For simplicity sake, let’s say that you’re able to leave your nest egg alone and can just let it grow for a couple more decades. You know…maybe you can live on some other savings plus your social security or pension payments. So you’re able to leave the entire $4 million invested for the long-term.

**If your money compounds annually, here’s the interest on $4 million** (ie. the potential answer to the question, “what is the interest on 4 million dollars”….if it were left alone and reinvested?):

- 2% interest for 20 years = total after 20 years of $5,965,312
- 4% interest for 20 years = total after 20 years of $8,890,328
- 6% interest for 20 years = total after 20 years of $13,240,817
- 8% interest for 20 years = total after 20 years of $19,707,211
- 10% interest for 20 years = total after 20 years of $29,312,294

Whoa! Those are some pretty big numbers!!

**Related: **Investment Calculator: Free Excel Download!

**What Are Sustainable Withdrawal Rates: The Key to Perpetual Income**

The example above looks pretty awesome – I mean to have over $29 million in your account? Whoa. But, it’s honestly pretty unrealistic.

In your case, you probably don’t want to know just the interest on $4 million. You’re probably going to make some withdrawals on that money over the years, right?

Instead of just investing for life, you’ll likely save diligently over many years, reach that $4 million mark, and then potentially retire and start drawing on those funds over (hopefully) a long period of time!

**What you want to look for is the sustainable withdrawal rate:** the percentage of your savings that you can take out for living expenses each year without ever exhausting your funds. Fidelity gives 4%-5% as a general rule of thumb, but it depends on a few factors.

- Your annual spending
- The length of your retirement
- Inflation rates
- Rates of return on your investments

Inflation is out of your control, but the others are somewhat impacted by your choices. **What you ***can *control, to a certain degree, is how much you spend per year.

I have been a fan of Mr. Money Mustache for quite a while. He points out that if you can ratchet down your expenses *now*, no matter what your age, you’ll reap double the benefits in retirement.

**Related: **What is the Interest on 10 Million Dollars? (And Is It At All Necessary??)

**Here’s what decreasing your spending does for you:**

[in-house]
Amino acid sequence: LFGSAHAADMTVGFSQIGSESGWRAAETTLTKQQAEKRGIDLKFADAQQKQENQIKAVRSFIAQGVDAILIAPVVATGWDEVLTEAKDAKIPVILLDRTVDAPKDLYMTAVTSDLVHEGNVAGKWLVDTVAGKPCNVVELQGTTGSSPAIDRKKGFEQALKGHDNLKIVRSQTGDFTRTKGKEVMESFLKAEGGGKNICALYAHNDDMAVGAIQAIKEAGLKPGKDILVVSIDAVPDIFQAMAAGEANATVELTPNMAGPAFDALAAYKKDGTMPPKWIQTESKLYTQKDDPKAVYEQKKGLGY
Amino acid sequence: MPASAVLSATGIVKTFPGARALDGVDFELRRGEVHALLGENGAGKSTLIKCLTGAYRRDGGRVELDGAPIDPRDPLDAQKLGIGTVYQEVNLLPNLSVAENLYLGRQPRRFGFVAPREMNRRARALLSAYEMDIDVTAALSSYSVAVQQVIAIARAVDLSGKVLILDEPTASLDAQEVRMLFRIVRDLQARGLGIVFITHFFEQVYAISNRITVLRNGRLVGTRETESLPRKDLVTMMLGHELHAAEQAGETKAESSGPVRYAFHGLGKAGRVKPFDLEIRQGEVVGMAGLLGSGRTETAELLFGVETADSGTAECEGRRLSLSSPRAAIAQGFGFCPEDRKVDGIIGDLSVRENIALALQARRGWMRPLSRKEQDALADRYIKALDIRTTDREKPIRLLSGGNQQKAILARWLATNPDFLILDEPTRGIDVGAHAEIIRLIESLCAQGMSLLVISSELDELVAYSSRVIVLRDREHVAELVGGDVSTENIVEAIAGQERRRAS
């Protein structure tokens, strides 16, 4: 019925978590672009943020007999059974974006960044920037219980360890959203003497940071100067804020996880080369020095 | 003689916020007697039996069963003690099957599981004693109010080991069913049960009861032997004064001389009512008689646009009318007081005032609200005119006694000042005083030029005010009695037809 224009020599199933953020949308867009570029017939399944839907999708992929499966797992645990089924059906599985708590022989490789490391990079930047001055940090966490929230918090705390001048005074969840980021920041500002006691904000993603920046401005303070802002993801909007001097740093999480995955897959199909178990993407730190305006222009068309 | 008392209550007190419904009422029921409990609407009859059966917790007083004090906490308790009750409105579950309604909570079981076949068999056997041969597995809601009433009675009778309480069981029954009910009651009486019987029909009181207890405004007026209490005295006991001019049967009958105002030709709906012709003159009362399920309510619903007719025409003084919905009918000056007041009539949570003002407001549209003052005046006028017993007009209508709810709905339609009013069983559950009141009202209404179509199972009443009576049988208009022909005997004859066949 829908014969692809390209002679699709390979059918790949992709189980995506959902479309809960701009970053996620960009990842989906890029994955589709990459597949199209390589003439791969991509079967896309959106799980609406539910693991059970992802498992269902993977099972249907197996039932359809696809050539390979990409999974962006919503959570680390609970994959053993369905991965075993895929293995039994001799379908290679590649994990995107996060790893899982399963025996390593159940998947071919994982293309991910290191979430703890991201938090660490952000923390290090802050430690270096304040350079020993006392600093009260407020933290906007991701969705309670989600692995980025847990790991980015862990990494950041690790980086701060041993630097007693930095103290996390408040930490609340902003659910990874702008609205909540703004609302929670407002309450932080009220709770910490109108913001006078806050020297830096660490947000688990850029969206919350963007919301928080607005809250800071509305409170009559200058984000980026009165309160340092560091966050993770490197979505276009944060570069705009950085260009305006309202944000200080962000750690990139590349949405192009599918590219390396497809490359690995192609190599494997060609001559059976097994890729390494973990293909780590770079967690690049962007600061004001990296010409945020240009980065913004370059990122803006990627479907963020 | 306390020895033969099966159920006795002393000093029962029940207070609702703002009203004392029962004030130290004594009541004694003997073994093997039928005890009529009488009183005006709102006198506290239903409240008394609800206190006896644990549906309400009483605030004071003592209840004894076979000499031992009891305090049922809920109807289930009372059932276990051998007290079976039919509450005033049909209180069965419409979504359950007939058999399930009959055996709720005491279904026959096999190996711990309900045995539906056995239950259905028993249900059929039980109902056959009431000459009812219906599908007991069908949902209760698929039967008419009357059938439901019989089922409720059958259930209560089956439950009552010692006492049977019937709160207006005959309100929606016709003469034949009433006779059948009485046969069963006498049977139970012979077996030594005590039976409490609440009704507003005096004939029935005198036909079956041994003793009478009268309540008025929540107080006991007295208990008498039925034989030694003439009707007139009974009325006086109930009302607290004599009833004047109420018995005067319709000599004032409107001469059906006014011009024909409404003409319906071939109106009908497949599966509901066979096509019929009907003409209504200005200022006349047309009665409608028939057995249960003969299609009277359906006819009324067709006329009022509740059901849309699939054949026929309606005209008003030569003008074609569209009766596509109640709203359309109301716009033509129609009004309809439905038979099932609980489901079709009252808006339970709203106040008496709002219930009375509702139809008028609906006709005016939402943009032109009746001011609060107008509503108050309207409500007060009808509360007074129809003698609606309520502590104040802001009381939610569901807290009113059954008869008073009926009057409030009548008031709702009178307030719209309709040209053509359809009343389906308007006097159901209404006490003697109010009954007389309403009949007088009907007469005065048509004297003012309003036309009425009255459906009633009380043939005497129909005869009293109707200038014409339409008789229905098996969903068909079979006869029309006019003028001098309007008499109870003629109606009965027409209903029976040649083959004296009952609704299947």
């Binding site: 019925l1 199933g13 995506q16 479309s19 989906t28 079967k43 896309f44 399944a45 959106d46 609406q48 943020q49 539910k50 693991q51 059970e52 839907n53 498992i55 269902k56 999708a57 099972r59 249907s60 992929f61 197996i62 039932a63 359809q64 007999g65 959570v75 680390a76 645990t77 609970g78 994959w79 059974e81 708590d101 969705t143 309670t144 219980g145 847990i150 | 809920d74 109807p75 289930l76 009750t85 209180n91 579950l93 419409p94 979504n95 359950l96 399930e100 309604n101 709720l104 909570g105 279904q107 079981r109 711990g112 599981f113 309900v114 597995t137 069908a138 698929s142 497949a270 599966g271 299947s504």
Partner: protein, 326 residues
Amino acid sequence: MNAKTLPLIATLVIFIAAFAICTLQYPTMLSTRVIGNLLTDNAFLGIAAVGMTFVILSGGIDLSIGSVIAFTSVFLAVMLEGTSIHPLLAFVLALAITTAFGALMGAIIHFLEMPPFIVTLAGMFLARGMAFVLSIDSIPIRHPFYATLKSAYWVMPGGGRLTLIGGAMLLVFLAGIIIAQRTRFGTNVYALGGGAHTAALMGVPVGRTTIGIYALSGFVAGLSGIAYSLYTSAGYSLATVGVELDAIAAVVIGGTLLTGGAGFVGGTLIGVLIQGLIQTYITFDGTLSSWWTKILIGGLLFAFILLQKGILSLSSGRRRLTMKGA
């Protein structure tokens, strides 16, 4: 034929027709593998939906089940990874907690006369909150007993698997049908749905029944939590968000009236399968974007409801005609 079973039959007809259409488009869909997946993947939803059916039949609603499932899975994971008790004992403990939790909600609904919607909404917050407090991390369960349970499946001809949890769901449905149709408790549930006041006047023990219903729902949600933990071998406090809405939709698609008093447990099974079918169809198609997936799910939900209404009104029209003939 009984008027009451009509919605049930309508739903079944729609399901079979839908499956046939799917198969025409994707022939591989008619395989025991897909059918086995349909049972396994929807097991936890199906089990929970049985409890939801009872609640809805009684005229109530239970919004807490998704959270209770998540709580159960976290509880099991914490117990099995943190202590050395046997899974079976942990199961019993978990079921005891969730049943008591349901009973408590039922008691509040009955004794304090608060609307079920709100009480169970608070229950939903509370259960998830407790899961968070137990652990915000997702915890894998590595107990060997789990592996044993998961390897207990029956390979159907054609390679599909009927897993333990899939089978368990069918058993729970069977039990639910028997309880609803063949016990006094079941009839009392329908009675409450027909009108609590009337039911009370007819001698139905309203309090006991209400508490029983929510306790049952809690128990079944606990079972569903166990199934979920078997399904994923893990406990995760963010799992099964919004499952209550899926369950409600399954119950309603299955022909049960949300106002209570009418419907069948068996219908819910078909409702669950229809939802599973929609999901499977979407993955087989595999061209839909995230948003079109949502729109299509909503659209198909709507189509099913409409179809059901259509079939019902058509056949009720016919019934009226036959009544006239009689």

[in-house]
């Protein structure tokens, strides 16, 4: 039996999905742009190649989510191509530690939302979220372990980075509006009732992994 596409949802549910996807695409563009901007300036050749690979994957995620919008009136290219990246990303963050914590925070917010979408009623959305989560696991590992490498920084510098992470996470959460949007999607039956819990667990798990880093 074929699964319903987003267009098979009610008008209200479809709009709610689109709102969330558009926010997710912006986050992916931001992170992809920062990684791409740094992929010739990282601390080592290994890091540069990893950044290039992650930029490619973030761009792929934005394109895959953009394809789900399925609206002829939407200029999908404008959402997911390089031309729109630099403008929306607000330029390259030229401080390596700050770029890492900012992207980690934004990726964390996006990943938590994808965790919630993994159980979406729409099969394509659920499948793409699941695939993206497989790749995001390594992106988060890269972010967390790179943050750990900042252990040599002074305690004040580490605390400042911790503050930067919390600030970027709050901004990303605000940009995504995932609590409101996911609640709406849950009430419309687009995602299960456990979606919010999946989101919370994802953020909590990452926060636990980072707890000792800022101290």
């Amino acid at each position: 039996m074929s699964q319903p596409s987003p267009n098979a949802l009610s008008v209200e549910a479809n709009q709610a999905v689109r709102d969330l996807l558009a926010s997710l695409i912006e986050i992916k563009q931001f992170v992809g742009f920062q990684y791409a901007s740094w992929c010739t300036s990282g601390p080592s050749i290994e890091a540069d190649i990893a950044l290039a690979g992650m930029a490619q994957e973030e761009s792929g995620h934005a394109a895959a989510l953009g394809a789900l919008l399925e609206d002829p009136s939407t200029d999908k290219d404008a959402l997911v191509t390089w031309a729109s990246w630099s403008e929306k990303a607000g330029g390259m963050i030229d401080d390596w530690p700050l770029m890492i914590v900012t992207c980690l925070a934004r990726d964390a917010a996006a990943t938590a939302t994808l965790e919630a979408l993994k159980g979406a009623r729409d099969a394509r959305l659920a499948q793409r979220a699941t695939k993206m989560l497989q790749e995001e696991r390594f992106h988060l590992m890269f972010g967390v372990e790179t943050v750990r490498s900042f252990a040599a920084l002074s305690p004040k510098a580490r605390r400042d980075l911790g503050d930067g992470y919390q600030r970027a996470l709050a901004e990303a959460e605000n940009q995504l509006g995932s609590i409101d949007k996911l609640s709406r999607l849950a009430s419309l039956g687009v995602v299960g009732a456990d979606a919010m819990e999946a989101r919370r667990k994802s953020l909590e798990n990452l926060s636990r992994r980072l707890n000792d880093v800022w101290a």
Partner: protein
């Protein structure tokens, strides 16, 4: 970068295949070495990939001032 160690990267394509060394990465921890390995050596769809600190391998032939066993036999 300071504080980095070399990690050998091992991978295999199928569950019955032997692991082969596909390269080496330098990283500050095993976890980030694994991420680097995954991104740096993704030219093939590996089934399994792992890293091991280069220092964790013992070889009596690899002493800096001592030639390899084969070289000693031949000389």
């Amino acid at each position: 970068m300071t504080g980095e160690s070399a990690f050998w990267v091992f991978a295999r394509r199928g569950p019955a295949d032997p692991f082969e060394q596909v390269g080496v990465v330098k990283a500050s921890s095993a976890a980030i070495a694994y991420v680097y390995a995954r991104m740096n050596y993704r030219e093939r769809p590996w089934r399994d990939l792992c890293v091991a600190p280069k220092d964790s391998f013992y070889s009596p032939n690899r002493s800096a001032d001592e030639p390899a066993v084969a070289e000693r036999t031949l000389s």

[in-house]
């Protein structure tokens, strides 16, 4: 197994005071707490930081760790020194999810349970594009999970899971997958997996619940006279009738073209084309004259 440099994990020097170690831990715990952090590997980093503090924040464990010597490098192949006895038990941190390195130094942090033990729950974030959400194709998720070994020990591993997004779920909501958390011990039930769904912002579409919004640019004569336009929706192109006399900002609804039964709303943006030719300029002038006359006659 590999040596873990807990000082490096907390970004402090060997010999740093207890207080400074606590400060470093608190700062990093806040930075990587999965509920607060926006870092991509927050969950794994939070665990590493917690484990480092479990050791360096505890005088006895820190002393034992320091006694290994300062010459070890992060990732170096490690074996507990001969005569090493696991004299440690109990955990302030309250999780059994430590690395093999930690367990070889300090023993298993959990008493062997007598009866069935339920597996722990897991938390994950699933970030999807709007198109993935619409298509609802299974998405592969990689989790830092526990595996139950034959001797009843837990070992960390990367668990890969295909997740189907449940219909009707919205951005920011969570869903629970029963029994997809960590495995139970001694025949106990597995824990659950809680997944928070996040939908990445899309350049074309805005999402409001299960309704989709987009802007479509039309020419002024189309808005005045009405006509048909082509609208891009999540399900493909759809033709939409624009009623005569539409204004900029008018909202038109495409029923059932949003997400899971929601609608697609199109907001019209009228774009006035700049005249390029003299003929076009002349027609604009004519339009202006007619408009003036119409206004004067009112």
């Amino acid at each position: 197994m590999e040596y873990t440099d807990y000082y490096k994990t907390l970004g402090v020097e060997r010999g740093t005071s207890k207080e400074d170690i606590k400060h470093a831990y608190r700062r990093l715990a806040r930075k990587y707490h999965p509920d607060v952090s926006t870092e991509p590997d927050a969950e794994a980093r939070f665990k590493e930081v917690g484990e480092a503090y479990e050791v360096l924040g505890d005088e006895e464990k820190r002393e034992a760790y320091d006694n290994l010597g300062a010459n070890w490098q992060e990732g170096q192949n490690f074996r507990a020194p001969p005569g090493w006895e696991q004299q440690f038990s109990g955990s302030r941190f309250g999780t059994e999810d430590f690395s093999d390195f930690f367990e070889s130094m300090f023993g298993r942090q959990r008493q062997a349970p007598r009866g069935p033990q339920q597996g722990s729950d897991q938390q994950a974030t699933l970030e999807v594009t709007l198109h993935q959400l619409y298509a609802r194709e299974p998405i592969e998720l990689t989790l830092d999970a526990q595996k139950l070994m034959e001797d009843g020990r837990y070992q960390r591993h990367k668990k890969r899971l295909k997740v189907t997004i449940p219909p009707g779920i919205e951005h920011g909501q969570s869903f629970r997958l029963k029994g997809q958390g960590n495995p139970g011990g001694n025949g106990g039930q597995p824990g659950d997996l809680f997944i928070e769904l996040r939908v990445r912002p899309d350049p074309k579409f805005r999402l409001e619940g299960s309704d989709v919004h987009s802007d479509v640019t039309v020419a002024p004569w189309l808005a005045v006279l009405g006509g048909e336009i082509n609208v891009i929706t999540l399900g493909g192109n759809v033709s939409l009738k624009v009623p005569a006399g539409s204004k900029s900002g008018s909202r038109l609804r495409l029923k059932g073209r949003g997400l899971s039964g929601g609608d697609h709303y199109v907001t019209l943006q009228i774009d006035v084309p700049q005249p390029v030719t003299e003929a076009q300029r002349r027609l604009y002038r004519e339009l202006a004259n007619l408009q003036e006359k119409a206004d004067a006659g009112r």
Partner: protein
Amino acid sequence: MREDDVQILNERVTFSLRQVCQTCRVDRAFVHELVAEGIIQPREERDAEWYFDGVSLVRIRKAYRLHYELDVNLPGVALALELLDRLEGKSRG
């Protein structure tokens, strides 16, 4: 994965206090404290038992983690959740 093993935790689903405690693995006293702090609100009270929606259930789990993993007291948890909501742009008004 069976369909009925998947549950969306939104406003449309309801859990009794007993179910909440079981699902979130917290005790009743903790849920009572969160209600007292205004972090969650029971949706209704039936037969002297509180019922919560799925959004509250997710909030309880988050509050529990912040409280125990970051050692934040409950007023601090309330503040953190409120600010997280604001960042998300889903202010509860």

- Leaves you more to save and invest over your working career.
- And, it means you’ll need less money to live on once you’re retired.

**You are also largely in charge of the length of your retirement**

No, you can’t predict exactly how long you’ll live for…But you can make reasonable assumptions based on your family health history, your lifestyle, etc. Decide when to retire based on when you think you’ll reach your optimum total retirement funds.

### Predicting your rate of returns

As far as rate of return, you get to decide *how* you’ll invest your money. If you have a basic 401(k), you usually have options of types of funds based on your risk tolerance.

While you can’t control the markets, you can choose the types of investments to make, which impacts your overall returns. After reaching that total, your interest on 4 million dollars can fund however many years you need it to.

**Related: **What is the Absolute Easiest Way to Make a Million Dollars?

**Interest on 4 Million Dollars for a Sustainable Retirement**

$4 million is a hefty amount of money if you’re retiring in the next few years. If you invest well, you can live quite luxuriously on that amount.

Let’s look at your “safe” withdrawal rate if you think about the interest on 4 million dollars in your 401(k), for example.

**Generous Retirement Example**

- $4 million starting balance at 4% rate of return
- 30-year retirement (a pretty lengthy retirement)
- $220K withdrawal per year

Using Bankrate’s calculator, in that example, you’d still have $252K left in your accounts by year 30. Ummm…if I had to get by on $252k a year…I bet I could do it. That would be a pretty nice retirement!!

**More Frugal Retirement Example**

- $4 million starting balance at 4% rate of return
- 30-year retirement
- $200,000 withdrawal per year